#Job Hunt Guide
If you’re only thinking about employment in terms of “finding a job,” you’ve missed a major aspect of the career marketplace. Landing a job at the entry, middle or senior level isn’t just about searching for the right opportunity – it requires selling yourself as an ideal candidate to employers through a personal brand.
What is personal branding, you may ask? It’s really no different than any other brand you see everyday – Apple, Nike, Coca-Cola or Samsung – except that you’re pushing yourself as the product. Organizations are making a major investment when they hire new employees, so they want to know that they’re not just buying your time from 9 a.m. to 6 p.m., but subscribing to your unique technical & professional skills. All you need to do is find a way to package and present yourself in a way that grabs employers’ attention, which is admittedly easier said than done.To set you off on the right foot, here’s a jobseeker’s guide to personal branding.
Identify your brand
Before you get ahead of yourself, you’ll need to figure out who you are as both a person and job candidate in order to identify your brand, according to Mashable.com. In simpler terms, the core of your personal brand should be a well-fleshed out idea of your skills, knowledge, background and professional ambitions. What type of personality are you? What interests you most about your field? What is your specialization? Where do you want your career path to take you? These are all important considerations that you’ll need to spend plenty of time with before you get into the nuts and bolts of personal branding. All of these factors combined should send a clear message to employers about what they will be buying by hiring you.
While you’ll need to get creative when packaging and marketing your brand, the core information will be relatively simple. According to Boston.com, a well-crafted resume and cover letter along with recommendations, portfolio pieces and awards should offer point-by-point information about your academic and professional history and successes. With these documents assembled, you can customize them for individual employers based on their business niche, job description keywords, desired qualifications and company tone.
Once you have the basic information you’ll need for job applications, the next step is establishing a unified online foothold. Social media is the best place to start, so sign up for sites like Facebook, Twitter, Pinterest and LinkedIn if you haven’t already. For existing social media accounts, you’ll want to find a middle ground between representing yourself personally and professionally.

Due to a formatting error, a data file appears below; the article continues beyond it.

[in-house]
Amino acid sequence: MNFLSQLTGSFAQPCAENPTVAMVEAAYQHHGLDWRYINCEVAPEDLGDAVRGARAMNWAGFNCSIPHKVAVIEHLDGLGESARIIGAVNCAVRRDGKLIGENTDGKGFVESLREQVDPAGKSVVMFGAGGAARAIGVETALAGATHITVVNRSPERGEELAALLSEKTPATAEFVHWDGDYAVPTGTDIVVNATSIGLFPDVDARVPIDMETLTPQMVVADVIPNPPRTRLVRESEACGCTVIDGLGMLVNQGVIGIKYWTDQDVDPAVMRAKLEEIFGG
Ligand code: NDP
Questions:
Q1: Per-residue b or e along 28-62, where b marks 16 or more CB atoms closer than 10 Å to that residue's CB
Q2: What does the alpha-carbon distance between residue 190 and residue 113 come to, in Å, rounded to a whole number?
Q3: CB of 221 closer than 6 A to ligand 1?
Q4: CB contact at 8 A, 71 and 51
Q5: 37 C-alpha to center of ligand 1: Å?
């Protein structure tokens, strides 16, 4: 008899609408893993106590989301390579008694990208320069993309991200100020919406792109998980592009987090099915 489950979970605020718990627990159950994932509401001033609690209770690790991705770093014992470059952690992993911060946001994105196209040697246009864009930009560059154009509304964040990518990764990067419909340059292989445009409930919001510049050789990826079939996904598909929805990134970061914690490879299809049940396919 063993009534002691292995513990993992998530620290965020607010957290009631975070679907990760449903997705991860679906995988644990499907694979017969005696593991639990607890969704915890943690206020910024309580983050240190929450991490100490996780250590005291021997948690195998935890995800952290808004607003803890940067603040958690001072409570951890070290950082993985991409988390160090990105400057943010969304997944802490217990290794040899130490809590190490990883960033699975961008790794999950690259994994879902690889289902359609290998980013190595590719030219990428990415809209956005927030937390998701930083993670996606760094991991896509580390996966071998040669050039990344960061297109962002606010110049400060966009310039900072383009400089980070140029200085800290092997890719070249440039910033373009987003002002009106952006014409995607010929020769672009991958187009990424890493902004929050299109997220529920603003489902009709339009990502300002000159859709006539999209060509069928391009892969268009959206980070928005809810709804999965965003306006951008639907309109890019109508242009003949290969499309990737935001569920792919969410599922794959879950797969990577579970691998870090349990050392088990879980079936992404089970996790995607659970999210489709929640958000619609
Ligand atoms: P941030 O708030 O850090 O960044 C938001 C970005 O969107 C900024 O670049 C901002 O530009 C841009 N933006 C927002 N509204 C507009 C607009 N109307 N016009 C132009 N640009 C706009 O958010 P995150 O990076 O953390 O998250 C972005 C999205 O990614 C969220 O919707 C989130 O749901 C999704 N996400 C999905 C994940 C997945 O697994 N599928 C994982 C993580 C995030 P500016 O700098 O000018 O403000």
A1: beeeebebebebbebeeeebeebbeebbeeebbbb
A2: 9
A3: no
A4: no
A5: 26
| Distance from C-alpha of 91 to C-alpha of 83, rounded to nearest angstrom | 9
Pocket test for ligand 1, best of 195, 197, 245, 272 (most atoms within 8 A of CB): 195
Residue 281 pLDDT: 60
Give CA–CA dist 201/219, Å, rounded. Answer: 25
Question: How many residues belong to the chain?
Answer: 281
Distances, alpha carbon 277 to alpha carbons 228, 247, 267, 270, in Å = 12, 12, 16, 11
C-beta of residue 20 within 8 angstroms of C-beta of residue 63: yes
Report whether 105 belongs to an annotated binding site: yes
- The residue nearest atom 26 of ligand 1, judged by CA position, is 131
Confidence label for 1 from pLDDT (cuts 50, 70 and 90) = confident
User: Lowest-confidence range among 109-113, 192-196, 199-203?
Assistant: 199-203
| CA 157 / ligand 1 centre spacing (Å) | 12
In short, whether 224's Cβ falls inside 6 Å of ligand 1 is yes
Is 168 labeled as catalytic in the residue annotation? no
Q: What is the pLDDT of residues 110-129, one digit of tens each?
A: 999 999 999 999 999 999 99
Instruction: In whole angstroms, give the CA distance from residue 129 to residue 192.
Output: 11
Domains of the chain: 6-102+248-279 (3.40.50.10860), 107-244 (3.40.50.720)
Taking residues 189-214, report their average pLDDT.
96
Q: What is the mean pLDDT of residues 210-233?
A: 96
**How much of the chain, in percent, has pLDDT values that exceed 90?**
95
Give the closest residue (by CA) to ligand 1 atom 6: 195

For instance, you shouldn’t stop sharing intriguing articles and internet memes with your friends – just make sure anything you post online is something you’re OK with employers seeing (so take down those college party pictures). You’ll also want to include information relevant to your professional ambitions, like commenting on developing industry news, joining in online debates and sharing accomplishments and completed projects. Starting and actively writing a blog is another great way to inject your voice into the online world, according to Inc.com.
Purchasing your own URL will also allow you to create a personal website to display your application details while linking to your blog and social media sites.
Spreading the message
It’s not enough to have an established online presence if nobody knows about it, so the final step in personal branding is getting the word out to employers. Networking is one of the most direct and effective means of doing this, so get in contact with friends, coworkers, family members and former bosses about connecting you with influential people in your desired industry. They can pass along your website’s URL so colleagues and friends of theirs can easily browse your qualifications and experiences.
LinkedIn is also a great networking resource for reaching out to classmates or former coworkers who may be able to assist you in your job search, according to Mashable.com. You can also introduce yourself to hiring managers and HR personnel at organizations where you would like to work – though you should limit these communications to gathering information about available opportunities – never ask a stranger directly for a referral or job offer.
Hitting the street
While a large portion of personal branding is conducted through the internet, hitting the street and meeting people in real life is also vital to your career success. Print up professional business cards that can direct networking contacts to your credentials and carry a handful with you at all times. Inc.com recommends attending career events and industry seminars that will give you an excuse to mingle directly with the movers and shakers in your intended field. Setting up informational meetings with executives and managers can also help you get a foot in the door at a particular company while expanding your professional network.
All in all, personal branding simply involves using the modern age’s technologies and resources to raise awareness about yourself as an attractive job candidate. If you follow and commit yourself to the guidelines above, you’ll be on the right track to landing your next career opportunity.